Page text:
This feeling of “what’s behind the closed door” is the driving force of the fear. It creates a currently unknown concept of, wait for it... wait for it... SUSPENSE! A horror film doesn’t have to be a bloody, disgusting mess, contrary to contemporary belief. This belief is following the misguided concept that the more skin shown and the more blood splattered across the screen will evoke some sort of notion of fear. This horribly horrifyingly horrific ideology cannot be more horrifically wrong. And suspense is not created when stupid people walk... so... very... slowly... down... a... dark... lit... hall... Seriously. It’s not scary. We get it. They’re probably going to get stabbed, slashed, or gutted in some twisted way. But, in the end, it just leaves us with a disturbing image of death. We don’t feel fear. We don’t feel suspense. Non of these tense emotions are present within these tediously revolting scenes. As H.P. Lovecraft put it, “. . . the strongest kind of fear is fear of the unknown.” The unknown. Perhaps the mythical. Perhaps the undesirable, but definitely something that sets us on edge. This is the major factor that is absent from todays gornos: the sinking, despondent dread of the unknown.

As a film audience or any audience for that matter, we like to know what comes next. Let’s be honest, we all uncontrollably flipped to the last pages of the seventh Harry Potter novel just to make sure Harry and the gang was still alive and angsty. We hate the unknown, no, no, we despise the unknown. We love to be in the driver’s seat at all times, and when we go to a movie that keeps us in the dark, it drives us insane. This agitation is stemmed from that driving force of the unknown fear. It makes us jumpy. It makes us give that nervous little chuckle to break the unbearable tension. It makes us scream. A prime of example of how suspense was used properly and not-so-properly is the (disappointing) film Cloverfield. The time leading up to the revealing of the monster, Clover, was pretty unnerving. The audience was left to conjure up horrible images of what it could be or what it would look like. However... once that thing was revealed, it kind of ruined the movie. It wasn’t that terrifying, as it tramples all over New York City leaving a wake of destruction. The “ten-foot-tall bug” was revealed. And we sighed a deep sigh of relief. That’s not so bad. At least it wasn’t a “100-foot-tall bug.”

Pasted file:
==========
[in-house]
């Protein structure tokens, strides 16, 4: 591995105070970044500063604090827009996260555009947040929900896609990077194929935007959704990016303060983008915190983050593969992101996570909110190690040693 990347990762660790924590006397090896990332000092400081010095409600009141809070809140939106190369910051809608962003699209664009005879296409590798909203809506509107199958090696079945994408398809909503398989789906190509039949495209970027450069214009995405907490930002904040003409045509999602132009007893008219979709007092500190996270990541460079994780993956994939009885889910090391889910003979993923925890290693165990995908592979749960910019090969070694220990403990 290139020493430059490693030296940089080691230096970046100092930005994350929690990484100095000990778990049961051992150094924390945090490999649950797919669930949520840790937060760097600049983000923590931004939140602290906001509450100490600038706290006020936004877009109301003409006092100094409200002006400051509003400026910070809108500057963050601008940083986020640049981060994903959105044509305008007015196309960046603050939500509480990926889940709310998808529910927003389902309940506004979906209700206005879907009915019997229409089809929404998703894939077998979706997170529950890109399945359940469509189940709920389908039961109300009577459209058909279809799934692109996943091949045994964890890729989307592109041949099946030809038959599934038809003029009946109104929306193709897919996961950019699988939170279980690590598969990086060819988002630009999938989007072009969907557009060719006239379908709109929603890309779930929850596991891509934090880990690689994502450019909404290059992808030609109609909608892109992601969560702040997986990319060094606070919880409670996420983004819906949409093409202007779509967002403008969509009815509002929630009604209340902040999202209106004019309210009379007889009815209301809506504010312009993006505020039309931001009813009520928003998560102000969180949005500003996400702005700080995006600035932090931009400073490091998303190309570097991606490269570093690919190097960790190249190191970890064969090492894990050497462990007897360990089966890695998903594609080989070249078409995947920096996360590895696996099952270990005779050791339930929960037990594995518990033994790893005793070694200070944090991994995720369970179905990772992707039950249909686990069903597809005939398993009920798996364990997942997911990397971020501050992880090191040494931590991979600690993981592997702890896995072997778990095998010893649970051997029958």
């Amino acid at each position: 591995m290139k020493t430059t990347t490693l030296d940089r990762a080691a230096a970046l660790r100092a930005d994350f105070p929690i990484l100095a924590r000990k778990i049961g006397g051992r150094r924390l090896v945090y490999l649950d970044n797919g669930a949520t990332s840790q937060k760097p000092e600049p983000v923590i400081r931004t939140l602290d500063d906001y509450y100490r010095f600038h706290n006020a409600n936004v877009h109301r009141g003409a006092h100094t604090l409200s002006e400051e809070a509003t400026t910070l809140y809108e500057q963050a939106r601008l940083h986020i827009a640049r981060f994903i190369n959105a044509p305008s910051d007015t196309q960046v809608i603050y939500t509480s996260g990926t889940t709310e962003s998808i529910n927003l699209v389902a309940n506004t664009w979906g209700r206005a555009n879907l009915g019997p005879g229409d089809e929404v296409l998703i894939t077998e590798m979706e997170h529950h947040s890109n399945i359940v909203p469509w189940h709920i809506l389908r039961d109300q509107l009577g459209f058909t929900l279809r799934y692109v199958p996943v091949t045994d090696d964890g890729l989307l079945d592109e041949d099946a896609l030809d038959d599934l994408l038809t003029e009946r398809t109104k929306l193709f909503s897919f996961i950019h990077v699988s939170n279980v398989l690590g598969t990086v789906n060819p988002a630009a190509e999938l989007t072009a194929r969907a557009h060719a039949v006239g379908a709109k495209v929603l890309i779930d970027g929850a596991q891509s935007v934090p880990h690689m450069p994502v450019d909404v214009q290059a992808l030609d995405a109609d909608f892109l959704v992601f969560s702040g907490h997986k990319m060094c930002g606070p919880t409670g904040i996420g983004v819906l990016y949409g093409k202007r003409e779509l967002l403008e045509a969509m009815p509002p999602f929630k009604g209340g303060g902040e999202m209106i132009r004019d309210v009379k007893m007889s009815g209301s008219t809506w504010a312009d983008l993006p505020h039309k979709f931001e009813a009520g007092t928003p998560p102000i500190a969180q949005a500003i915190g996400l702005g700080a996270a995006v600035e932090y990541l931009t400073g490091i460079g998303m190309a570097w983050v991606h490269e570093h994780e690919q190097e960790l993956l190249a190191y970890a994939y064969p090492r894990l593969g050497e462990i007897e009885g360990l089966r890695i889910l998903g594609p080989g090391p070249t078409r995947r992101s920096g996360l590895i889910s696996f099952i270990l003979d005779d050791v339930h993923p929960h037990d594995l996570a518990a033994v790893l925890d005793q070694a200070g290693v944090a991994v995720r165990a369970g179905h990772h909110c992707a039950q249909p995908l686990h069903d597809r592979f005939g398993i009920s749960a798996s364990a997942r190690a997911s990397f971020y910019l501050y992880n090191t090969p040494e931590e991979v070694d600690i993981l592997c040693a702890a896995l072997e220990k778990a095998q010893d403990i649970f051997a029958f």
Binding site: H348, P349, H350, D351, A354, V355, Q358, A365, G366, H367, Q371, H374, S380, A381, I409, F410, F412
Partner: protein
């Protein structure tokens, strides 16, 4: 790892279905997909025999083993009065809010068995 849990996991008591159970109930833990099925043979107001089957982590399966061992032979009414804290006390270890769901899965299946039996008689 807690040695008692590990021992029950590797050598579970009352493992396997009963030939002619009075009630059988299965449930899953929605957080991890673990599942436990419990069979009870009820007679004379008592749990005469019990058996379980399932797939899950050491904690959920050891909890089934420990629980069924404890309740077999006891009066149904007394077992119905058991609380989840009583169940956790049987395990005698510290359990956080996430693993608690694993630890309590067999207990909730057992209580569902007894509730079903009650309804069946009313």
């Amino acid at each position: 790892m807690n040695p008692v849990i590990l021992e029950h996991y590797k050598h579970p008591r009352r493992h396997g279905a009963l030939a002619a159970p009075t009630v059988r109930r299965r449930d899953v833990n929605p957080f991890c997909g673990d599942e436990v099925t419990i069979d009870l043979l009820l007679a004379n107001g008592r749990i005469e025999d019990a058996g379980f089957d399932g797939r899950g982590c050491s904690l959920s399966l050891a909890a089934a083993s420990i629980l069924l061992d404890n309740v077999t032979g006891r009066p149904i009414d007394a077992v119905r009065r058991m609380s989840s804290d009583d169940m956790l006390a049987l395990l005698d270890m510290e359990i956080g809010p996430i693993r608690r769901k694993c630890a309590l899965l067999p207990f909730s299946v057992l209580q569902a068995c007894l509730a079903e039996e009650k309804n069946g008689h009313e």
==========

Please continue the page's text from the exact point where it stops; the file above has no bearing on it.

So, filmmakers of the horror genre can’t win. I must quote Stephen King again, as he writes (from Danse Macabre), “The artistic work of horror is almost always a disappointment. It is the classic no-win situation. You can scare people with the unknown for a long, long time but sooner or later. . .you have to open the door and reveal what’s behind it.” And what’s “behind the door” is usually not so terrifying. However, regardless of the disappointment, the filmmaker or horror writer had us scared. In fact, the creator had us shaking with fear. That fear was the fear of the unknown.

However, in the end, horror films aren’t going to change any time soon from the slash and hack ‘em up style they currently are. Busty broads are still going to get sliced and diced, and dudes with eight packs on their eight packs are still going to be disemboweled and slashed. You see, if terror doesn’t work on audiences, creators will go for the shock value, disgusting aspect of “horror.” And, we, like the stupid humans we are, love to be disgusted. We have a sick fascination of the torment and the death of others, even though those concepts are foreign to us, and... unknown. But, you see, dear reader, we can deal with disgust. We see the eye-ball being plucked from the heroines’ eye socket; we witness the throat of an innocent victim being slashed, and we feel queasy and may even lose our lunches. But it’s over. We can deal with it. It’s not so bad.

But that unnerving tension, that daunting, demoralizing dread... it leaves us more than queasy, it leaves us uneasy. And that uneasiness is that fear. The fear of the unknown.

And that, dear reader, is what’s lacking in today’s horror. That unsettling, disquieting flutter of fear. That emotion that makes us twitch at the tapping at the window. That emotion that makes us pull the covers over our head when we hear a bump in the night. That discomforting feeling that everything is just slightly askew. That, my friends, is the fear of the unknown. And that needs to return to horror.


Peter S


  1. Makes you long for the good old days with directors like Alfred Hitchcock. The difference is, good old Hitchcock would go ahead and leave the door closed at the end. (the birds)

  2. I love horror films too. This is a great blog. Saw films are one of my favorites. If you have time take a look at my horror blog at BugabooFlick